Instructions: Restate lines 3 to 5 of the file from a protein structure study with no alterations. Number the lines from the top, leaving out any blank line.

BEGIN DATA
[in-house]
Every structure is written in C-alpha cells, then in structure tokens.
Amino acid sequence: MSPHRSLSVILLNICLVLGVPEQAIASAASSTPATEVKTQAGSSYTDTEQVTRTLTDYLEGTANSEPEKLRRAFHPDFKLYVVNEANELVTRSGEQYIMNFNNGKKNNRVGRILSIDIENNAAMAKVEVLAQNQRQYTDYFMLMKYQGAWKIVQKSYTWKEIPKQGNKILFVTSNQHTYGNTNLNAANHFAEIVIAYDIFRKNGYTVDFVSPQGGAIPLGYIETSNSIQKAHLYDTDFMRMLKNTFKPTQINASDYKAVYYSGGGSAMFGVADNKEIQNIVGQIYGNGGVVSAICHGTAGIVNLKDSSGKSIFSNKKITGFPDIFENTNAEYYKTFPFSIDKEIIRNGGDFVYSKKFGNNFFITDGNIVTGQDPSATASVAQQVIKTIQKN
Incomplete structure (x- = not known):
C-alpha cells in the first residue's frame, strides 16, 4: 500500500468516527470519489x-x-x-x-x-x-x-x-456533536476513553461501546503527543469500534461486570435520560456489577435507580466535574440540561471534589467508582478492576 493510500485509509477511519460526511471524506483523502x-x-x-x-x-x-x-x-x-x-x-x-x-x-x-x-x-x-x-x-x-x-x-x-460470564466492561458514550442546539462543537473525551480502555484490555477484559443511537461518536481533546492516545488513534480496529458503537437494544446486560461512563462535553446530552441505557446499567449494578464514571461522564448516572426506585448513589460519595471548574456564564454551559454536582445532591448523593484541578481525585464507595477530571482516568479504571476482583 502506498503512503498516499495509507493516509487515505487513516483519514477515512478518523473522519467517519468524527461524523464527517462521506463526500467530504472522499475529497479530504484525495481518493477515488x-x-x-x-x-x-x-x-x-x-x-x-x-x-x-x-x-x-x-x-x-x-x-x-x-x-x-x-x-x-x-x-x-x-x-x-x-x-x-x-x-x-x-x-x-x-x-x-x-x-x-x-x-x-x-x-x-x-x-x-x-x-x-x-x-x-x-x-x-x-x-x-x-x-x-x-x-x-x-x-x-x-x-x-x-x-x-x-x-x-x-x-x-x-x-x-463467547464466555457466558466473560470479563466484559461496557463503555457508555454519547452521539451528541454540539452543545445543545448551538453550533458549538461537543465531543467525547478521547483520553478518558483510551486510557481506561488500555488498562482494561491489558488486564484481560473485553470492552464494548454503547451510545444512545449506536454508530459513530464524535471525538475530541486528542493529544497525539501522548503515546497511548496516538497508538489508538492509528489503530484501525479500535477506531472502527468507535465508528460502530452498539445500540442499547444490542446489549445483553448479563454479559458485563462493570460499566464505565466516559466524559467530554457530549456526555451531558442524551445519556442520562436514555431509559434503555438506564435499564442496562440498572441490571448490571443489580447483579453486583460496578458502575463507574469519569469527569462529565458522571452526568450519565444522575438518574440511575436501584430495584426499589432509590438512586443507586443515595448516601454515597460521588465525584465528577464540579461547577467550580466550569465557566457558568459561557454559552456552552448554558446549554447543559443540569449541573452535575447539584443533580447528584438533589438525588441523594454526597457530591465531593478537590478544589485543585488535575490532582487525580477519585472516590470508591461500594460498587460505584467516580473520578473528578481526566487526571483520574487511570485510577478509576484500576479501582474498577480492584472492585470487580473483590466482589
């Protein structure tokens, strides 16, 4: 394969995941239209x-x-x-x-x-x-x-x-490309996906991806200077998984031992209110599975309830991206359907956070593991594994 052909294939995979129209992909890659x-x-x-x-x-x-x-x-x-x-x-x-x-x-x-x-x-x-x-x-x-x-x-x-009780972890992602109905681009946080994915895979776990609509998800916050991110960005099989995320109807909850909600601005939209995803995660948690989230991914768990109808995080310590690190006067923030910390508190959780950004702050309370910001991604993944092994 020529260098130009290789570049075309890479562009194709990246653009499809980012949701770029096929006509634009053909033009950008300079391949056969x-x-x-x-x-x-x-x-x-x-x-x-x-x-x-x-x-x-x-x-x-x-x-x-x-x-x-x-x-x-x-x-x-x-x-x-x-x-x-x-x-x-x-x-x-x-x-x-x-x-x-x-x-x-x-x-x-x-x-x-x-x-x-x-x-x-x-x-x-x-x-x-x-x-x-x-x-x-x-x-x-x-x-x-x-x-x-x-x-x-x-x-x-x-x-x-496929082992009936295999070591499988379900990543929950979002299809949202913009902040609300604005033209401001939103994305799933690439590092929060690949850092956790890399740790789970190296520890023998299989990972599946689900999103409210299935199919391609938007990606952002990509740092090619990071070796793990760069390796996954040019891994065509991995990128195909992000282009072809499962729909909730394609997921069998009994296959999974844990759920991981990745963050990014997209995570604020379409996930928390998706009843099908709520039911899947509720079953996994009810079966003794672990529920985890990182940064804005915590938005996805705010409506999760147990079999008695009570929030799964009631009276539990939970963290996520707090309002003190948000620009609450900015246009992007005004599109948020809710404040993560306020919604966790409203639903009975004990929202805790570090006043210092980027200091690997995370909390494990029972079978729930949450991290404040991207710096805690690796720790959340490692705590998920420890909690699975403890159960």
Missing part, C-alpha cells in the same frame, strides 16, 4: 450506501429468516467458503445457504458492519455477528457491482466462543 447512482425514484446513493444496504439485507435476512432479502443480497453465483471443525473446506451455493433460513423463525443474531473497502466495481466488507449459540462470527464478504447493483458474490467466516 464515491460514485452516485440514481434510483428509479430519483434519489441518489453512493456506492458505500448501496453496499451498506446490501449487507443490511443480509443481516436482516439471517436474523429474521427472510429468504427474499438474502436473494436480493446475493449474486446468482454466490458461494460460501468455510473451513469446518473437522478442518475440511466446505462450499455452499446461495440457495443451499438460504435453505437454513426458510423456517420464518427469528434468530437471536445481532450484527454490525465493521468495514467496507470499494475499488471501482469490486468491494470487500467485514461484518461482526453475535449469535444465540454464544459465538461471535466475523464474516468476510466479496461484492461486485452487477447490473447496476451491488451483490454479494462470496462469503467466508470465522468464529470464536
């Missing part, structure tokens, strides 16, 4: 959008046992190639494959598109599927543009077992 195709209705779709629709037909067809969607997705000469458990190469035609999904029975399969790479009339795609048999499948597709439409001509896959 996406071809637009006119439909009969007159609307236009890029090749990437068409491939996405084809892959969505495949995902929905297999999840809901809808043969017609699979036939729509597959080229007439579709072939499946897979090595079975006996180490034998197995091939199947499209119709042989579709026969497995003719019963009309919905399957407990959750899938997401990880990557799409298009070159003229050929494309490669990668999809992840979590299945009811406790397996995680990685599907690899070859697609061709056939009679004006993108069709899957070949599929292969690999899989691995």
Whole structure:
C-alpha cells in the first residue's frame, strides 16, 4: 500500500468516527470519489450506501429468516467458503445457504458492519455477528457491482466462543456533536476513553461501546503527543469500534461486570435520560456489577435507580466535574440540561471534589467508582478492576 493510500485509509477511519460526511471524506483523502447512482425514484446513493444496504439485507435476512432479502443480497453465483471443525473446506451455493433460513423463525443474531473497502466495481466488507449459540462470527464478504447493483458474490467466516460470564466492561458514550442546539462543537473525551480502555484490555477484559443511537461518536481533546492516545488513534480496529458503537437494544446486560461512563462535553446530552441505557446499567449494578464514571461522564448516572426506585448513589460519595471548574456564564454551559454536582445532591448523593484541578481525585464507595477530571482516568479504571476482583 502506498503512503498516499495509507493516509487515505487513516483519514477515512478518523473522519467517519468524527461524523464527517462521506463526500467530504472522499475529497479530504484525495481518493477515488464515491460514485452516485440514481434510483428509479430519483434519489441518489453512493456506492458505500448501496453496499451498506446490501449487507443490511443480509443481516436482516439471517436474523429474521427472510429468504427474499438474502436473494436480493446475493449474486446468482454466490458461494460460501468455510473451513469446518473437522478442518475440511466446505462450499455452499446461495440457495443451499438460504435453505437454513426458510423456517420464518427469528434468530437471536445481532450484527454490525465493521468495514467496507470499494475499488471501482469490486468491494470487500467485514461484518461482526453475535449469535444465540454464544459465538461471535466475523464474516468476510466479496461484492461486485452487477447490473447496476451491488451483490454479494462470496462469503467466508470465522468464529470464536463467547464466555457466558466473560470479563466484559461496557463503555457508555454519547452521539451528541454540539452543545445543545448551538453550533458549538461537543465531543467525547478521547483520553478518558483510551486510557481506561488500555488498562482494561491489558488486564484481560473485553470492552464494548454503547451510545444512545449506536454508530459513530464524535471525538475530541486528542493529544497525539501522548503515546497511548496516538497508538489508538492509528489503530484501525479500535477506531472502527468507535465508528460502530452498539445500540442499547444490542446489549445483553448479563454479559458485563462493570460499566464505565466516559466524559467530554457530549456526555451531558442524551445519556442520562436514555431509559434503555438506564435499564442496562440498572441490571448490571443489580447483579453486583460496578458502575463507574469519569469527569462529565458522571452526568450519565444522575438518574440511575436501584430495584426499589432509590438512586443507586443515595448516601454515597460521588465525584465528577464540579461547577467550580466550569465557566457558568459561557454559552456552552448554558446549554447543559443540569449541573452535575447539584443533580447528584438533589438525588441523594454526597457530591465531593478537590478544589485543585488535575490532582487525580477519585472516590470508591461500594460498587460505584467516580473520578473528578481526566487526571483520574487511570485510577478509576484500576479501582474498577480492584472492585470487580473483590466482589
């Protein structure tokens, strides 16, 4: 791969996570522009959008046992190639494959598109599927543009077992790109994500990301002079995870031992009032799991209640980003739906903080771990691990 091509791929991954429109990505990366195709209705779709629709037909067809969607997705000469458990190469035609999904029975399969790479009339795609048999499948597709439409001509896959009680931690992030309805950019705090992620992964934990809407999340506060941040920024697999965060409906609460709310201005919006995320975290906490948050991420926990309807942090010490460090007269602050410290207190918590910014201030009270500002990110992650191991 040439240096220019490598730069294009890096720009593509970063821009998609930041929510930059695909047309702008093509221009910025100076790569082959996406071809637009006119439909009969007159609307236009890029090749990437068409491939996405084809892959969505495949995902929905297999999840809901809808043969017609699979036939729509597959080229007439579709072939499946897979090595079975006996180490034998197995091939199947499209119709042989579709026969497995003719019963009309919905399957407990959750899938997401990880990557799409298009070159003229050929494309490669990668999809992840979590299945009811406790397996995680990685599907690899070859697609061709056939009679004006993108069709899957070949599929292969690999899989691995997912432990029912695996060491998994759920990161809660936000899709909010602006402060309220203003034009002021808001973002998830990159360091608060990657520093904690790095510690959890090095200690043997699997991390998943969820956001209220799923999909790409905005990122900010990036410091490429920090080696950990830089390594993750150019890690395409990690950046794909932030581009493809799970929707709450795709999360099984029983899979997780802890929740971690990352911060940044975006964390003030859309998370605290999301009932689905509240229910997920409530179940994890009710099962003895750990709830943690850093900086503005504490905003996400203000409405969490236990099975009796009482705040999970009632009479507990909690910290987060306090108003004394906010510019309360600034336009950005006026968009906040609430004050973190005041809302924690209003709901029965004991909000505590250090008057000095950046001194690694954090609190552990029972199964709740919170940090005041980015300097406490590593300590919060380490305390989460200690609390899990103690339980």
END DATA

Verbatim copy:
Amino acid sequence: MSPHRSLSVILLNICLVLGVPEQAIASAASSTPATEVKTQAGSSYTDTEQVTRTLTDYLEGTANSEPEKLRRAFHPDFKLYVVNEANELVTRSGEQYIMNFNNGKKNNRVGRILSIDIENNAAMAKVEVLAQNQRQYTDYFMLMKYQGAWKIVQKSYTWKEIPKQGNKILFVTSNQHTYGNTNLNAANHFAEIVIAYDIFRKNGYTVDFVSPQGGAIPLGYIETSNSIQKAHLYDTDFMRMLKNTFKPTQINASDYKAVYYSGGGSAMFGVADNKEIQNIVGQIYGNGGVVSAICHGTAGIVNLKDSSGKSIFSNKKITGFPDIFENTNAEYYKTFPFSIDKEIIRNGGDFVYSKKFGNNFFITDGNIVTGQDPSATASVAQQVIKTIQKN
Incomplete structure (x- = not known):
C-alpha cells in the first residue's frame, strides 16, 4: 500500500468516527470519489x-x-x-x-x-x-x-x-456533536476513553461501546503527543469500534461486570435520560456489577435507580466535574440540561471534589467508582478492576 493510500485509509477511519460526511471524506483523502x-x-x-x-x-x-x-x-x-x-x-x-x-x-x-x-x-x-x-x-x-x-x-x-460470564466492561458514550442546539462543537473525551480502555484490555477484559443511537461518536481533546492516545488513534480496529458503537437494544446486560461512563462535553446530552441505557446499567449494578464514571461522564448516572426506585448513589460519595471548574456564564454551559454536582445532591448523593484541578481525585464507595477530571482516568479504571476482583 502506498503512503498516499495509507493516509487515505487513516483519514477515512478518523473522519467517519468524527461524523464527517462521506463526500467530504472522499475529497479530504484525495481518493477515488x-x-x-x-x-x-x-x-x-x-x-x-x-x-x-x-x-x-x-x-x-x-x-x-x-x-x-x-x-x-x-x-x-x-x-x-x-x-x-x-x-x-x-x-x-x-x-x-x-x-x-x-x-x-x-x-x-x-x-x-x-x-x-x-x-x-x-x-x-x-x-x-x-x-x-x-x-x-x-x-x-x-x-x-x-x-x-x-x-x-x-x-x-x-x-x-463467547464466555457466558466473560470479563466484559461496557463503555457508555454519547452521539451528541454540539452543545445543545448551538453550533458549538461537543465531543467525547478521547483520553478518558483510551486510557481506561488500555488498562482494561491489558488486564484481560473485553470492552464494548454503547451510545444512545449506536454508530459513530464524535471525538475530541486528542493529544497525539501522548503515546497511548496516538497508538489508538492509528489503530484501525479500535477506531472502527468507535465508528460502530452498539445500540442499547444490542446489549445483553448479563454479559458485563462493570460499566464505565466516559466524559467530554457530549456526555451531558442524551445519556442520562436514555431509559434503555438506564435499564442496562440498572441490571448490571443489580447483579453486583460496578458502575463507574469519569469527569462529565458522571452526568450519565444522575438518574440511575436501584430495584426499589432509590438512586443507586443515595448516601454515597460521588465525584465528577464540579461547577467550580466550569465557566457558568459561557454559552456552552448554558446549554447543559443540569449541573452535575447539584443533580447528584438533589438525588441523594454526597457530591465531593478537590478544589485543585488535575490532582487525580477519585472516590470508591461500594460498587460505584467516580473520578473528578481526566487526571483520574487511570485510577478509576484500576479501582474498577480492584472492585470487580473483590466482589